Mt. Ruapehu and its reflection in the bogs on the Waitonga Falls Track.
I’m in search of a New Zealand-sold product to get some crayon drawings off of the folding tables in our church worship space these days. A two-year-old worshiper left them there, and I couldn’t be more delighted about it. She was exactly where she was supposed to be and fully engaged in the task at hand. Worship.
A few weeks ago, I spent some time scraping blue play-doh remnants out of our lovely mauve carpet. Apparently a rock-slide occurred when the earthquake shook the cave Elijah was hiding in and some blue rocks crashed to the ground. No worries. It was a certain boy’s first time to hear the story, and it was playing out in 4D play-doh as it sunk into his mind and heart.
You see, we don’t parade our kids out of the sanctuary every week for an age level worship experience. Rather, we worship together as a family. In the sanctuary. Every Sunday. We’re all there. The mums and dads and grandparents and widows and widowers and wiggly tots and bitty babies and boisterous big kids. All of us together. Every Sunday. We call it family worship. And we do it on purpose.
Oh, it’s not glamorous. Sometimes we have marker on our clothes, early note-taking attempts in crayon on the tables, and play-doh in the carpet to show for it. But it’s meaningful and it’s formational.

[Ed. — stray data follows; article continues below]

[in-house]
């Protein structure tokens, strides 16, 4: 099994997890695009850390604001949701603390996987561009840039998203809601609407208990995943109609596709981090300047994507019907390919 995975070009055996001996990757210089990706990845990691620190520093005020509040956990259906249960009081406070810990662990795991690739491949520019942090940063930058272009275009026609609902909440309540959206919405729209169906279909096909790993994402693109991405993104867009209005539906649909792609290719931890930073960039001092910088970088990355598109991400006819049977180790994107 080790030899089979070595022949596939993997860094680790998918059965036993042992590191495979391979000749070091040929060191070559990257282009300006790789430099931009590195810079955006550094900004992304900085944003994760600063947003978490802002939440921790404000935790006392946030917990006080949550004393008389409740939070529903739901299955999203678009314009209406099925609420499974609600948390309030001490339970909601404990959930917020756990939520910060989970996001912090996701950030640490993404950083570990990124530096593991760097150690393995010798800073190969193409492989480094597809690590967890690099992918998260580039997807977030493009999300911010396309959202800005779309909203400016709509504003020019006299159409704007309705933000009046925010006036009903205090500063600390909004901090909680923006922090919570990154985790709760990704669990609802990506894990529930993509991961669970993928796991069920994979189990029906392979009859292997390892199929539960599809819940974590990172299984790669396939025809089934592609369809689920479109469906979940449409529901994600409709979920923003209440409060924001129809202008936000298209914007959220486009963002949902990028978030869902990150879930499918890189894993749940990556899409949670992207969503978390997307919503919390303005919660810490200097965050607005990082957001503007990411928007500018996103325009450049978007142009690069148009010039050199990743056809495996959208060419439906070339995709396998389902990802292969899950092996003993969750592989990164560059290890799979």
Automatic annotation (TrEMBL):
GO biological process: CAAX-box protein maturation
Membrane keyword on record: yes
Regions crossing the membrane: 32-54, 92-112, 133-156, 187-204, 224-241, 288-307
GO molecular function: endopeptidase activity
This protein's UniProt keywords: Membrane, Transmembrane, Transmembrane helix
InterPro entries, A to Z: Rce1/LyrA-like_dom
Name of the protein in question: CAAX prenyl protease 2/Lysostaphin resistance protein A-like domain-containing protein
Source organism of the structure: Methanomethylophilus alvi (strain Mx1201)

Born out of both practical need (hello small church with a tiny volunteer base, noisy plywood floors, and an unconducive floor plan) and an ecclesiastical and theological understanding of the roles of family and church in a child’s spiritual formation, we made a conscious decision to figure out family worship as a significant component of our church’s identity. We believe that parents are the first primary spiritual instructors for their children. In one way or another, they model it (whether they want to or not). They shape it through questions and conversations. They encourage it through priorities, family structures, and daily routines.
Loaves and (gold)fish kind of worship
When we gather for corporate worship, we’re all being shaped, from the youngest among us to the oldest, into a collective reflection of the Kingdom of God. We’re not a full reflection of the Kingdom of God if kids are not a part of it. We’re also not a full reflection unless some more seasoned folks are there too. There’s something really valuable that happens when we’re formed together.
We’ve had some great children’s worship experiences both as children and as pastors. We’re not discounting that by any means, but this is where we are right now, in our current context, as parents and as pastors and as people who desperately long to see the children walk out a solid faith of their own from the time they take their very first wobbly steps.